Image_1_Identification of Temporal Characteristic Networks of Peripheral Blood Changes in Alzheimer’s Disease Based on Weighted Gene Co-expression Network Analysis.tif

2019-05-21T12:56:42Z (GMT) by Runhong Tang Huayan Liu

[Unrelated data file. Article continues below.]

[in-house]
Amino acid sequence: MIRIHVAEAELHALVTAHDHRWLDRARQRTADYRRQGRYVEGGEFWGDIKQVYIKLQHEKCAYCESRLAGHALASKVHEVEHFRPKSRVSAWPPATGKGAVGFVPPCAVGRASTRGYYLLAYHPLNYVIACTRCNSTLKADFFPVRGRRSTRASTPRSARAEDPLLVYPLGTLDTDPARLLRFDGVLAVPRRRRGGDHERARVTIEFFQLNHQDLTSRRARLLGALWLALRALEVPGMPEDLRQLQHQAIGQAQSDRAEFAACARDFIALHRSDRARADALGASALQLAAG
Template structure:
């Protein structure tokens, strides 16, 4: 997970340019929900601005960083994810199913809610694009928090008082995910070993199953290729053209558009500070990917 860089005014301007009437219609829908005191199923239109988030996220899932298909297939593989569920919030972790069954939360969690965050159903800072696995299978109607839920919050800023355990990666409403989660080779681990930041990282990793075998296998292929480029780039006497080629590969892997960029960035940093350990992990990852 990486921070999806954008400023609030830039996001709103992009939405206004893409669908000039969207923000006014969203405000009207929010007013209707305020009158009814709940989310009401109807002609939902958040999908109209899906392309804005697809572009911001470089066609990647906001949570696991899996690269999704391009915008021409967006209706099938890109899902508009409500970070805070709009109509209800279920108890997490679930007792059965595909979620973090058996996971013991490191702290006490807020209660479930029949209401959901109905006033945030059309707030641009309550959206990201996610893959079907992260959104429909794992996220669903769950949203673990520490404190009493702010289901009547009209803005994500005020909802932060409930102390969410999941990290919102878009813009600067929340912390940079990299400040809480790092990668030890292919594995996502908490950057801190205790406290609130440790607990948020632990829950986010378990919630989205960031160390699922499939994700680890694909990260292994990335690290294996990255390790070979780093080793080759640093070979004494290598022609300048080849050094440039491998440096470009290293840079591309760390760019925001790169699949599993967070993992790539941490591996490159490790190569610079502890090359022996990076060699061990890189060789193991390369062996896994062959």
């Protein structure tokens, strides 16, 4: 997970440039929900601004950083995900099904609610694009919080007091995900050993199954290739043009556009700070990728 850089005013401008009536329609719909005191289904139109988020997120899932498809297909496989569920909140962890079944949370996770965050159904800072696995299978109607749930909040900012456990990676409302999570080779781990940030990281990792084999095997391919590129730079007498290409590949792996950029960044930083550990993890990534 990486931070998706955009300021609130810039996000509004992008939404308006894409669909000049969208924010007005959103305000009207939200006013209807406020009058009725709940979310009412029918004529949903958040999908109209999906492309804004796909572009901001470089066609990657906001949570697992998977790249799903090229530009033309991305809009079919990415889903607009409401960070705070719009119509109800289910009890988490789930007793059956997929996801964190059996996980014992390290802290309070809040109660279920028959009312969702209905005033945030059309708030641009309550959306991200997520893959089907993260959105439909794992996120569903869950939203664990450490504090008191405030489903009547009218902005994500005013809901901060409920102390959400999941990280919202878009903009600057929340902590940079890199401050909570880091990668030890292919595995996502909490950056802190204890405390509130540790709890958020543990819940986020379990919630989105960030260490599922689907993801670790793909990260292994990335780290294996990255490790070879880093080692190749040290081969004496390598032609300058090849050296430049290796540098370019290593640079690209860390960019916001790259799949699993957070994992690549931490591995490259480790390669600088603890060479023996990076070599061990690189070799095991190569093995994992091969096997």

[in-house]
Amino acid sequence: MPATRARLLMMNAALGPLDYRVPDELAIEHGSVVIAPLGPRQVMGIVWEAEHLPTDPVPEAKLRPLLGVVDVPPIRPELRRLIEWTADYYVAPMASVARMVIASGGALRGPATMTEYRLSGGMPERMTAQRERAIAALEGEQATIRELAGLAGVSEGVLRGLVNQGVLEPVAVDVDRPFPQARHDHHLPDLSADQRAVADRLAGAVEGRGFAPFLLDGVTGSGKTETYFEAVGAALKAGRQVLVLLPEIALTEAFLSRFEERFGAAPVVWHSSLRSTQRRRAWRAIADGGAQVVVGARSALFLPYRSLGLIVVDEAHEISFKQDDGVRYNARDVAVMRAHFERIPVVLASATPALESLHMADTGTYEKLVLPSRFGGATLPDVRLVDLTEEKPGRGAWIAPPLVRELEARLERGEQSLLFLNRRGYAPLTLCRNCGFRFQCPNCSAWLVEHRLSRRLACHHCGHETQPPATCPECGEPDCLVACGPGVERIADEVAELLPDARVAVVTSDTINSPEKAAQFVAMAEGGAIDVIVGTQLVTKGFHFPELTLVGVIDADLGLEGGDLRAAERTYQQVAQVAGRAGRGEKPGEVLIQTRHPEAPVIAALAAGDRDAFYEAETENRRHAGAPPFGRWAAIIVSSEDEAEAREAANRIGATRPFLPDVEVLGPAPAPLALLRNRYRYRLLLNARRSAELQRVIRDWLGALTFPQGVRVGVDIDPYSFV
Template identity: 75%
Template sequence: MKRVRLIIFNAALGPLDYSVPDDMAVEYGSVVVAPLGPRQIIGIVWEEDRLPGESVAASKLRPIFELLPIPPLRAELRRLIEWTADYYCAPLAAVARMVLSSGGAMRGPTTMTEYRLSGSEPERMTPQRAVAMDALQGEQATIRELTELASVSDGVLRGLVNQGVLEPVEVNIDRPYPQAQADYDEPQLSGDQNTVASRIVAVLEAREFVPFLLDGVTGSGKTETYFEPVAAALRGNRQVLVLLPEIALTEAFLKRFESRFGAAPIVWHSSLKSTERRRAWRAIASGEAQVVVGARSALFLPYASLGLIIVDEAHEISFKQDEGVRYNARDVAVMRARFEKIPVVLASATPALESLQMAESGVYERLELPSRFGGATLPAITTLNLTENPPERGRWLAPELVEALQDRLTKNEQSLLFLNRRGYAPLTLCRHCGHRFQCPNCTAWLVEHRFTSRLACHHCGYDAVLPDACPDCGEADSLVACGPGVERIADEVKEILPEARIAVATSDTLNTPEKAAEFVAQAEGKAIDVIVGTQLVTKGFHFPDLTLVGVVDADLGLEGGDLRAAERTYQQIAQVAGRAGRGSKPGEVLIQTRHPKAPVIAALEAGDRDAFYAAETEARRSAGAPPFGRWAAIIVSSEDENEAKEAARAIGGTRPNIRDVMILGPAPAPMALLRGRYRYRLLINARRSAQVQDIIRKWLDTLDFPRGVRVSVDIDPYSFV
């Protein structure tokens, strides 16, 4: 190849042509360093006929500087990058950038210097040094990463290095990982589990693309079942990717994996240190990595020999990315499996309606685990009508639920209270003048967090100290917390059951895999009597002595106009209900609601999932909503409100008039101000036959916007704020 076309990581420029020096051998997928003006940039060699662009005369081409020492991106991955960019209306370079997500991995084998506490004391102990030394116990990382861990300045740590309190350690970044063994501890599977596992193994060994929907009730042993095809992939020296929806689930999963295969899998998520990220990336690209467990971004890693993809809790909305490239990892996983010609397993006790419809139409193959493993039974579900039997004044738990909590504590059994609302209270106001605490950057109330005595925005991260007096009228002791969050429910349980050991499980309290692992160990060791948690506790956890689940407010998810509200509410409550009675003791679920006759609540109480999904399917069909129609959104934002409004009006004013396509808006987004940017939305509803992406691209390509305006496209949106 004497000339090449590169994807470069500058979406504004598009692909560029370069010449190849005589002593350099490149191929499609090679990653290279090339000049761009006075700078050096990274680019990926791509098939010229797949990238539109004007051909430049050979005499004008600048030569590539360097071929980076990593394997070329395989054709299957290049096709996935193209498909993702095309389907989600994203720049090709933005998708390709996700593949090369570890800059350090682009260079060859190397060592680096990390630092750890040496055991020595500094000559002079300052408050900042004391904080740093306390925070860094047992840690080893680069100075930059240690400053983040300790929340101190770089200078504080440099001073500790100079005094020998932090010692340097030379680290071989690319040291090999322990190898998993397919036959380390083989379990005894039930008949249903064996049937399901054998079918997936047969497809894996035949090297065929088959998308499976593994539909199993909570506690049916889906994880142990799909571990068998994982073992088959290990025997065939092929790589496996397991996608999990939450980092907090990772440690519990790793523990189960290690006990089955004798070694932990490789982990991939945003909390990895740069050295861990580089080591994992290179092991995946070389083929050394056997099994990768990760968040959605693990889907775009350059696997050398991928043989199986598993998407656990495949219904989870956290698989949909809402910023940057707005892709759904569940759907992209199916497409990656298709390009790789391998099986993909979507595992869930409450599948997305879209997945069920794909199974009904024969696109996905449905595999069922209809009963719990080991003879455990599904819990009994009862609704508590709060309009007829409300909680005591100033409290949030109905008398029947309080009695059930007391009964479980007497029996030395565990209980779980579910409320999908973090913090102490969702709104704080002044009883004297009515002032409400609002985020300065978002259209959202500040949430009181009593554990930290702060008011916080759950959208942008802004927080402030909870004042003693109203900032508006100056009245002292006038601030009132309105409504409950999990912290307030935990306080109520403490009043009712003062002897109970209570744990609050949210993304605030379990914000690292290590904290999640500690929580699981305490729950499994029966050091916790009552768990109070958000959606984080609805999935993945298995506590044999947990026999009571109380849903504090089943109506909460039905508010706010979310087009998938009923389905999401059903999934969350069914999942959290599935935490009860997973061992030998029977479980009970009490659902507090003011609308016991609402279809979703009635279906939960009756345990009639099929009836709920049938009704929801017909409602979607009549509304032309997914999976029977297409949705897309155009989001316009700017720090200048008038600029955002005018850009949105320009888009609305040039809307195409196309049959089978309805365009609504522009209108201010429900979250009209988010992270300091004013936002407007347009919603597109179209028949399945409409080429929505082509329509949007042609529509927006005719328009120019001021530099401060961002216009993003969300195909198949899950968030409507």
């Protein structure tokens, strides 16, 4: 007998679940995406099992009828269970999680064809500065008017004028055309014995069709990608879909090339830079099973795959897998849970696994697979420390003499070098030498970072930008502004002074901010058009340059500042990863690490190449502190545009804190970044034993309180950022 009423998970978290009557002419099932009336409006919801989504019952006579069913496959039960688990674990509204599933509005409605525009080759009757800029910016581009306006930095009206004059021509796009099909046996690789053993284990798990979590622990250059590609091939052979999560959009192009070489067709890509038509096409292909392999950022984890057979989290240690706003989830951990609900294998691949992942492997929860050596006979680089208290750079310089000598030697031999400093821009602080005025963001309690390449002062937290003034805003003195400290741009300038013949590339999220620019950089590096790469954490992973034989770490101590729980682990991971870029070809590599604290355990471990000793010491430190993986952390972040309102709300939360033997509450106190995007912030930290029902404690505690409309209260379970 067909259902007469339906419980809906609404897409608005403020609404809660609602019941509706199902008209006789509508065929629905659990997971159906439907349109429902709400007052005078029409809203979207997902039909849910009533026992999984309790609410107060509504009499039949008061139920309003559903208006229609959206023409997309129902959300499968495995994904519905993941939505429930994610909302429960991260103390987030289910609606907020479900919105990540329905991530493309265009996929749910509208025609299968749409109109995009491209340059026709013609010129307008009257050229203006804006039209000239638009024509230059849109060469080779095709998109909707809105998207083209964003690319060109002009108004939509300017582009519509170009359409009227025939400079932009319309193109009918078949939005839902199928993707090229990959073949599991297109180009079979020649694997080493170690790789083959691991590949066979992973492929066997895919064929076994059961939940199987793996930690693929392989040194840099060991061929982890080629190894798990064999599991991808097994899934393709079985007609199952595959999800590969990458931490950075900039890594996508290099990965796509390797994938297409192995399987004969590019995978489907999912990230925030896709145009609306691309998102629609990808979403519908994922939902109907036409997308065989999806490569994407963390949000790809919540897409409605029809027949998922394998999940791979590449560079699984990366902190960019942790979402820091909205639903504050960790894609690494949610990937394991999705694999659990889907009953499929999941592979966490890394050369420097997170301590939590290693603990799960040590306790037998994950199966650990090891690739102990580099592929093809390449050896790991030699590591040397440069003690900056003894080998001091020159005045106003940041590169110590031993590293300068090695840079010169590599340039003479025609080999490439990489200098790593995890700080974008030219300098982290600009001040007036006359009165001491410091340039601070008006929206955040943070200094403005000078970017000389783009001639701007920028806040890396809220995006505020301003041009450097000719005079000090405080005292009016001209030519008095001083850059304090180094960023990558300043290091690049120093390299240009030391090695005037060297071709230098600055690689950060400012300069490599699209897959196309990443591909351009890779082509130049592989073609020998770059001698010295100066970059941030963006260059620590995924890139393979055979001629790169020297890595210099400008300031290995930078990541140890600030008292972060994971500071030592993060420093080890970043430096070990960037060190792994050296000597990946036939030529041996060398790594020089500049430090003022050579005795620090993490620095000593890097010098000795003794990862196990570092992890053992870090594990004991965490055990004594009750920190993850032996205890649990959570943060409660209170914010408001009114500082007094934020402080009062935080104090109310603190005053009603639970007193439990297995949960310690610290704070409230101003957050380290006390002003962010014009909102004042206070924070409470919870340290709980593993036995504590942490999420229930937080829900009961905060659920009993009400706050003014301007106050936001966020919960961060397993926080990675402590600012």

Alzheimer’s disease (AD) is a progressive neurodegenerative disease. The study of blood-based biomarkers has lasted for a long time in AD, because it supports the concept that peripheral changes are involved in AD pathology. But it is still unclear how peripheral blood is involved in the temporal characteristic molecular mechanisms of AD from aging to mild cognitive impairment (MCI) and which cells are responsible for the molecular mechanisms. The main purpose of our study is to gain a systematic and comprehensive understanding of temporal characteristic networks of peripheral blood in AD using whole blood samples with 329 case-control samples, including 104 normal elderly control subjects (CTL), 80 MCI who are susceptible to AD, and 145 AD, by the weighted gene co-expression network analysis (WGCNA). The module-trait relationships were constructed and module preservation was validated with independent datasets GSE63061, GSE97760, GSE18309, GSE29378, GSE28146, and GSE29652. Our results indicate that the down-regulated protein modification and ubiquitin degradation systems, and the up-regulated insulin resistance both play a major role in MCI, while the up-regulated inflammatory cascade dominates in AD, which is mainly mediated by monocytes, macrophages. Although there is mixed activation of M1 and M2 macrophages in all stages of AD, the immune neutral state or M2 polarization may predominate in MCI, and M1 polarization may predominate in AD. Moreover, we found that TRPV2, NDUFV1, ATF4, HSPA8, STAT3 and LUC7L3 may mediate the pathological changes in MCI, while SIRPA, LAMP-2, NDUFB5, HSPA8, STAT3 and FPR2 may mediate the conversion from MCI-AD or the pathological changes in AD, which provide a basis for the treatment based on the peripheral blood system. In addition, we also found that the combined diagnosis based on a panel of genes from the red, blue, and brown modules have a moderate diagnostic effect on distinguishing MCI and AD from CTL, suggesting that those panels of genes may be used for detection of MCI and prediction of this conversion from MCI to AD. Our research emphasizes that pathological changes, based on temporal characteristics of peripheral blood, provide a theoretical basis for targeted peripheral treatment based on appropriate times and identified several diagnostic markers.